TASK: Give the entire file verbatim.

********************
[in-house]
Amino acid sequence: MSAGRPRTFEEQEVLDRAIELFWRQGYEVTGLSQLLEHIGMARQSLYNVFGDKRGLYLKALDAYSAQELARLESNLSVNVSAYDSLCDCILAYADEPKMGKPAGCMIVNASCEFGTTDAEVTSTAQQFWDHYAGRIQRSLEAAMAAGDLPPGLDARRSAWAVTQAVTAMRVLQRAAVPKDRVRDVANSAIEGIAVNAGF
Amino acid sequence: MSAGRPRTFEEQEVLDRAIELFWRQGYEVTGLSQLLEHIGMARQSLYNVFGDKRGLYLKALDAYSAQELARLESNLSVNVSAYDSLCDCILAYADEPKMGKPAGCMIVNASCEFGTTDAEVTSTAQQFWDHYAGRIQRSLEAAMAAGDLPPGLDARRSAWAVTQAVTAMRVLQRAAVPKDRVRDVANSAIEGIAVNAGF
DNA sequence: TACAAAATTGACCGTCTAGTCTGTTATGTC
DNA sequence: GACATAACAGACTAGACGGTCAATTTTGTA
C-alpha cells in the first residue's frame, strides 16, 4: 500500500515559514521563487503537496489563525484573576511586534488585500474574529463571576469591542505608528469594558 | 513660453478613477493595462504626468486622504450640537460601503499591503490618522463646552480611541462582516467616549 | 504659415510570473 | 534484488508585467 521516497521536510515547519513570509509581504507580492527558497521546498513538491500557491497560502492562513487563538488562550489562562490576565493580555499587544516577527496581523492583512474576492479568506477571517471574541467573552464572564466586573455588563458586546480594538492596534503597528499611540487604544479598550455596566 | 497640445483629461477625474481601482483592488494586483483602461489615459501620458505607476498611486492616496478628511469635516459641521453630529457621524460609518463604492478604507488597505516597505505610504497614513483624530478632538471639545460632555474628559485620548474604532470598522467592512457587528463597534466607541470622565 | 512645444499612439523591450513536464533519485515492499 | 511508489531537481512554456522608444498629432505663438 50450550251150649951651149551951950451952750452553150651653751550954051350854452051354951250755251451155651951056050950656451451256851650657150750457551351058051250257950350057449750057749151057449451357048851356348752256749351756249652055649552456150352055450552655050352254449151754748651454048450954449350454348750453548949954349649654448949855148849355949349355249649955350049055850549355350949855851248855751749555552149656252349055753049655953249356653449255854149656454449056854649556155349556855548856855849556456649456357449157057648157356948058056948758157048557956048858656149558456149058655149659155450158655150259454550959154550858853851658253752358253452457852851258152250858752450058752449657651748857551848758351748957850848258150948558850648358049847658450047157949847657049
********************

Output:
[in-house]
Amino acid sequence: MSAGRPRTFEEQEVLDRAIELFWRQGYEVTGLSQLLEHIGMARQSLYNVFGDKRGLYLKALDAYSAQELARLESNLSVNVSAYDSLCDCILAYADEPKMGKPAGCMIVNASCEFGTTDAEVTSTAQQFWDHYAGRIQRSLEAAMAAGDLPPGLDARRSAWAVTQAVTAMRVLQRAAVPKDRVRDVANSAIEGIAVNAGF
Amino acid sequence: MSAGRPRTFEEQEVLDRAIELFWRQGYEVTGLSQLLEHIGMARQSLYNVFGDKRGLYLKALDAYSAQELARLESNLSVNVSAYDSLCDCILAYADEPKMGKPAGCMIVNASCEFGTTDAEVTSTAQQFWDHYAGRIQRSLEAAMAAGDLPPGLDARRSAWAVTQAVTAMRVLQRAAVPKDRVRDVANSAIEGIAVNAGF
DNA sequence: TACAAAATTGACCGTCTAGTCTGTTATGTC
DNA sequence: GACATAACAGACTAGACGGTCAATTTTGTA
C-alpha cells in the first residue's frame, strides 16, 4: 500500500515559514521563487503537496489563525484573576511586534488585500474574529463571576469591542505608528469594558 | 513660453478613477493595462504626468486622504450640537460601503499591503490618522463646552480611541462582516467616549 | 504659415510570473 | 534484488508585467 521516497521536510515547519513570509509581504507580492527558497521546498513538491500557491497560502492562513487563538488562550489562562490576565493580555499587544516577527496581523492583512474576492479568506477571517471574541467573552464572564466586573455588563458586546480594538492596534503597528499611540487604544479598550455596566 | 497640445483629461477625474481601482483592488494586483483602461489615459501620458505607476498611486492616496478628511469635516459641521453630529457621524460609518463604492478604507488597505516597505505610504497614513483624530478632538471639545460632555474628559485620548474604532470598522467592512457587528463597534466607541470622565 | 512645444499612439523591450513536464533519485515492499 | 511508489531537481512554456522608444498629432505663438 50450550251150649951651149551951950451952750452553150651653751550954051350854452051354951250755251451155651951056050950656451451256851650657150750457551351058051250257950350057449750057749151057449451357048851356348752256749351756249652055649552456150352055450552655050352254449151754748651454048450954449350454348750453548949954349649654448949855148849355949349355249649955350049055850549355350949855851248855751749555552149656252349055753049655953249356653449255854149656454449056854649556155349556855548856855849556456649456357449157057648157356948058056948758157048557956048858656149558456149058655149659155450158655150259454550959154550858853851658253752358253452457852851258152250858752450058752449657651748857551848758351748957850848258150948558850648358049847658450047157949847657049